What are your writing projects coming up?

Take Care, Until Next Time,

Monday, October 1, 2012

VBT Highland Home Series

Shari is visiting Downtown YA on her virtual book tour. Tell us,Shari, how will women identify with your heroines?
I hope women will identify with Mairin's and Kerry's strengths. These are tough, loving women who will take on the world.
Is your muse currently sitting on your shoulder or is she illusive?
Right now, she's with me, but there was a time for about a year and a half when I had to hunt her down and trap her to get her to talk to me.
Does music beckon your muse?
Music is a huge part of my writing process. I have to have music to block out the real world and open the door to where my characters live.
What type of music?
I like instrumentals when I write, though my taste often varies based on the kind of writing I'm doing. I really love the score from The Dark Knight Rises for dark writing.
What's your preference, doing dishes by hand for a week or writing a synopsis?
Are you a plotter or a pantster?
A little of both. I'll usually work out a skeletal outline before I write and then let the story go where it wants to go.


Title: Mourning Sun (Book 1, Highland Home Series)
Author: Shari Richardson
Publisher: Astral Plane Publishing
Genres: Paranormal YA


I should have known when he walked into my life that things would never be the same. Hadn't I dreamed of him and the things he'd done before I was born? If only he weren't so fascinating, so beautiful, so much more than any other guy. Maybe then I could walk away.

Mairin Cote is a magnet for weird. Her dreams come true, she can see auras and her mother is in love with an angel. Now the monsters are finding her too. Vampires, demigods and werepanthers have flocked to this small town girl who must find a way to keep her family safe, love the man of her dreams, and navigate the shark-infested waters of Highland Home High School.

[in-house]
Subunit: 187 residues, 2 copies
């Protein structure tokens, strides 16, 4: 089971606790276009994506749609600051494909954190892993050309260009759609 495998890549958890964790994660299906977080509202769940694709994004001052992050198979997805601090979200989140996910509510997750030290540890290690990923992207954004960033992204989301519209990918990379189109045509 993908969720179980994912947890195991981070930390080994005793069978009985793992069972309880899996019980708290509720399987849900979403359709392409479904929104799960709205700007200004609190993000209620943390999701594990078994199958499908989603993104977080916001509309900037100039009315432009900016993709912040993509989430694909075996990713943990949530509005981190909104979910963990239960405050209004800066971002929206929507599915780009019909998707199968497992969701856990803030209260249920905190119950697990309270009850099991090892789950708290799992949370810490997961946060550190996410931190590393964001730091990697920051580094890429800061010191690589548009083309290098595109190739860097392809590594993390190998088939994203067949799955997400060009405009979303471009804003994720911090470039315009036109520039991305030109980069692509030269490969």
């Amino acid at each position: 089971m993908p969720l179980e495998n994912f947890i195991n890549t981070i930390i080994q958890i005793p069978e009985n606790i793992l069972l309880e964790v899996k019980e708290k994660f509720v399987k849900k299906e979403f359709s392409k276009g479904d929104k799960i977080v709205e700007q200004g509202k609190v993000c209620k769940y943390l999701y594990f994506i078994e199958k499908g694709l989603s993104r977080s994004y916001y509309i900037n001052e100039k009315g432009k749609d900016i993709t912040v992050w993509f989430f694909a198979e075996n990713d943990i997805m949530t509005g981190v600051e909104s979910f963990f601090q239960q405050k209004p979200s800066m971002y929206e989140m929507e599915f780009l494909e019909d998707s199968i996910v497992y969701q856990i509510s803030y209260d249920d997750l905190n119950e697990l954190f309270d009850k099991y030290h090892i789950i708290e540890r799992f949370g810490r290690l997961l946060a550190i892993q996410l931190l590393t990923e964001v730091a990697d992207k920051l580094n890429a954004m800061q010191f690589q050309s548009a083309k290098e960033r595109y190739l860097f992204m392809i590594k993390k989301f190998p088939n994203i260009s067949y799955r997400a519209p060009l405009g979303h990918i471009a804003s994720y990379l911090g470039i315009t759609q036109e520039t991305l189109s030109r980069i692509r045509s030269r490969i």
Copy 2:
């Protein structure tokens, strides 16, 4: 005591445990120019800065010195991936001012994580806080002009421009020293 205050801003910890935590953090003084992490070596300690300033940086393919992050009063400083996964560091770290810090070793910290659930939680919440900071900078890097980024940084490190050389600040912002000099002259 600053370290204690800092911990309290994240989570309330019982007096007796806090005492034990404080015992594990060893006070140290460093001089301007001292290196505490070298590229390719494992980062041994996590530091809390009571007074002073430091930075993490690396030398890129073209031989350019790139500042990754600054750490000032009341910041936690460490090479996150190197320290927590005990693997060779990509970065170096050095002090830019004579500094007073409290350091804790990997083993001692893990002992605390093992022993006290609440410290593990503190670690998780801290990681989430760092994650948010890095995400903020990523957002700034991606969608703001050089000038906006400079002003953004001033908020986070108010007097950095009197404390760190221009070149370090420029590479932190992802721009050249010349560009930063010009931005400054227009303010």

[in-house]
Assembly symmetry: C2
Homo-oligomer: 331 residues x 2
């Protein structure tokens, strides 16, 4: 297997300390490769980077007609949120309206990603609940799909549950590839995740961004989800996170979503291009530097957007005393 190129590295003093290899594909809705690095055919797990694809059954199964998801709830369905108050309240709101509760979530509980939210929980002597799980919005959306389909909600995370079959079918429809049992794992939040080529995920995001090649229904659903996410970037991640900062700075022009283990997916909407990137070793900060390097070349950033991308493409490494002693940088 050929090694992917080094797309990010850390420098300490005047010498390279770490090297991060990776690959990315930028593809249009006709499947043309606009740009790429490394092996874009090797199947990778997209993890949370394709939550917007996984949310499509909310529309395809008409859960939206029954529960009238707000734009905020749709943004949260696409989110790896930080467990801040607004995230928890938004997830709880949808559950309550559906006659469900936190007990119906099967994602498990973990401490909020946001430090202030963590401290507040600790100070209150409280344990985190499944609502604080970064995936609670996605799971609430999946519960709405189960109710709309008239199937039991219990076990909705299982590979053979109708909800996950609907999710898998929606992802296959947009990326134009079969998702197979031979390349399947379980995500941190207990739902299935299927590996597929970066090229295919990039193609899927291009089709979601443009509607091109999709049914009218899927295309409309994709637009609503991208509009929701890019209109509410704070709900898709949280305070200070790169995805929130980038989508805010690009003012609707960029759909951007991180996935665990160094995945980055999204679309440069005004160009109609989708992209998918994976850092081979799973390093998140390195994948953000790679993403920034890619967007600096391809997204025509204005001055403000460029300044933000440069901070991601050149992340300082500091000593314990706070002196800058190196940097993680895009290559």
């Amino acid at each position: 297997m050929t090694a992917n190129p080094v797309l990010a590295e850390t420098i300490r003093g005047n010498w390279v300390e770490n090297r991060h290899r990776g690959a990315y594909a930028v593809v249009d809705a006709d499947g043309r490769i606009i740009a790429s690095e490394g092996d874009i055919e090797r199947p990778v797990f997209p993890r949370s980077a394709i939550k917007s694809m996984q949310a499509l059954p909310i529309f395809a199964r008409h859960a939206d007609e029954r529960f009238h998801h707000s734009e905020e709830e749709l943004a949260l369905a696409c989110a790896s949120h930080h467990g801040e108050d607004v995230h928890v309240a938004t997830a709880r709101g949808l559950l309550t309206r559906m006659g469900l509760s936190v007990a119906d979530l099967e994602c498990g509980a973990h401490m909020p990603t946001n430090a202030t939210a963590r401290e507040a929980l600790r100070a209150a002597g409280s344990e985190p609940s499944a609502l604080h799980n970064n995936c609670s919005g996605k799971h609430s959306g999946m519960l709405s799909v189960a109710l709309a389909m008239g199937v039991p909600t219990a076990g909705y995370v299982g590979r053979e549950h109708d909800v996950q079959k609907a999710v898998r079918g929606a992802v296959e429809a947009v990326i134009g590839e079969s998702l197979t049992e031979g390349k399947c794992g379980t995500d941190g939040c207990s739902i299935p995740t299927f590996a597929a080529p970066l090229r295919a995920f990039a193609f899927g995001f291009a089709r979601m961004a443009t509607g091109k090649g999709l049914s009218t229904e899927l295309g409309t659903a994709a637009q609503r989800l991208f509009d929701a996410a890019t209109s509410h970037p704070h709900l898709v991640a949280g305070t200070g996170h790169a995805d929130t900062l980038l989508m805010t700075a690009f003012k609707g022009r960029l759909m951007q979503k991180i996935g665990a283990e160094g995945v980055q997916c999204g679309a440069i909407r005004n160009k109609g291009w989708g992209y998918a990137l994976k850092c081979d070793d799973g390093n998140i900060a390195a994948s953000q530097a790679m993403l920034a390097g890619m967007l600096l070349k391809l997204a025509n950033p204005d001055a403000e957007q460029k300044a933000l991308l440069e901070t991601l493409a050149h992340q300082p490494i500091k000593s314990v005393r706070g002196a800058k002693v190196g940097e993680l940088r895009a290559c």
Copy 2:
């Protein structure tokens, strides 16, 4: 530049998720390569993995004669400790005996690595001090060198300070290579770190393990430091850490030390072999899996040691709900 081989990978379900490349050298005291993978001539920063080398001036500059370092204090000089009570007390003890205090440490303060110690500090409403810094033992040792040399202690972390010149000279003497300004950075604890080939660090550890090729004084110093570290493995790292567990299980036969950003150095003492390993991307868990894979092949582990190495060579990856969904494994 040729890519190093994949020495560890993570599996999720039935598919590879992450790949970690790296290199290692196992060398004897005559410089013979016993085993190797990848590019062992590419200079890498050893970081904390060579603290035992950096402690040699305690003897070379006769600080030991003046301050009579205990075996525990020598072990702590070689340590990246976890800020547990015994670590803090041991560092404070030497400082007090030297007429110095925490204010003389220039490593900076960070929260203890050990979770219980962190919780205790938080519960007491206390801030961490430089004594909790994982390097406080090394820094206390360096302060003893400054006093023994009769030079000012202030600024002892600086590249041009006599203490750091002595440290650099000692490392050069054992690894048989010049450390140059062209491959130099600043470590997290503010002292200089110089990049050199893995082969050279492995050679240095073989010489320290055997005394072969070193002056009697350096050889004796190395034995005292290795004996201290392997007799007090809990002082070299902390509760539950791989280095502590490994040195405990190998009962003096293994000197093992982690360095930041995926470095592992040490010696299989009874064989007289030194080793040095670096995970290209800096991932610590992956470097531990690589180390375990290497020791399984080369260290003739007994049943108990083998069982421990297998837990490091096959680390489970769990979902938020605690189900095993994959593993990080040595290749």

~ @ ~

Title: Captured Sun (Book 2, Highland Home Series)
Author: Shari Richardson
Publisher: Astral Plane Publishing
Genres: Paranormal YA


My first kiss was going to be my last, but it was worth it. His cool lips, his sweet taste, they were my salvation. I would never regret it, no matter what happened.

Mairin Cote thought loving a vampire was hard, but losing him to others of his kind was worse. When the death toll in East Hampton points to a rampaging vampire, the vampires and werepanthers must form an uneasy alliance to stop the destruction. To save the love of her life, Mairin must decide if living life without Mathias is worth risking an eternity with him.

~ @ ~

Title: Seven Days (Book 3, Highland Home Series)
Author: Shari Richardson
Publisher: Astral Plane Publishing
Genres: Paranormal YA


The pain was sharp and deep, but it was nothing compared to the anguish in Xavier's eyes. I wanted to tell him I would be okay, but the words wouldn't come. The pain kept them at bay and even if I could have spoken, I knew the words would be a lie.

Kerry Cote has a pretty normal life for a teenager. Of course normal is a relative term. Her sister dates a vampire and her boyfriend turns furry once a month, but that's not the problem. It isn't until she meets the father of the man she loves that her whole existence narrows to a mere seven days.

~ @ ~

Title: Banished Sun (Book 4, Highland Home Series)
Author: Shari Richardson
Publisher: Astral Plane Publishing
Genres: Paranormal YA


Eternity. How many times since Mathias came into my life had I considered it? Had I not taken risks that would have left us together for eternity? What I hadn't expected was to have the choice taken from us. Vampires are independent creatures and the old ones definitely don't like being bound to a human. When an ancient vampire comes to Highland Home bent on Mairin's destruction so he can free himself from his bond to her, Mathias is forced to choose between what he is and who he wishes to be.

~ @ ~

Title: Nine Lives (Book 5, Highland Home Series)
Author: Shari Richardson
Publisher: Astral Plane Publishing
Genres: Paranormal YA



Kerry Cote's story may sound familiar, but it's not. Sure there are a lot of unmarried, pregnant teenagers in the world, but how many of them know the child they carry is a miracle? How many have a vampire body guard? How many are alone because the mother of us all and the father of all vampires has a jealous daughter who covets the baby's father? Kerry must survive to bring her child into the world, for if she fails, humanity may not survive.

Shari Richardson holds a master's degree in English Education and has spent much of her life teaching students the joy of reading and writing. Her love of writing began when she was in elementary school and has carried through her entire adult life. Shari lives in Pennsylvania with her two Chihuahuas.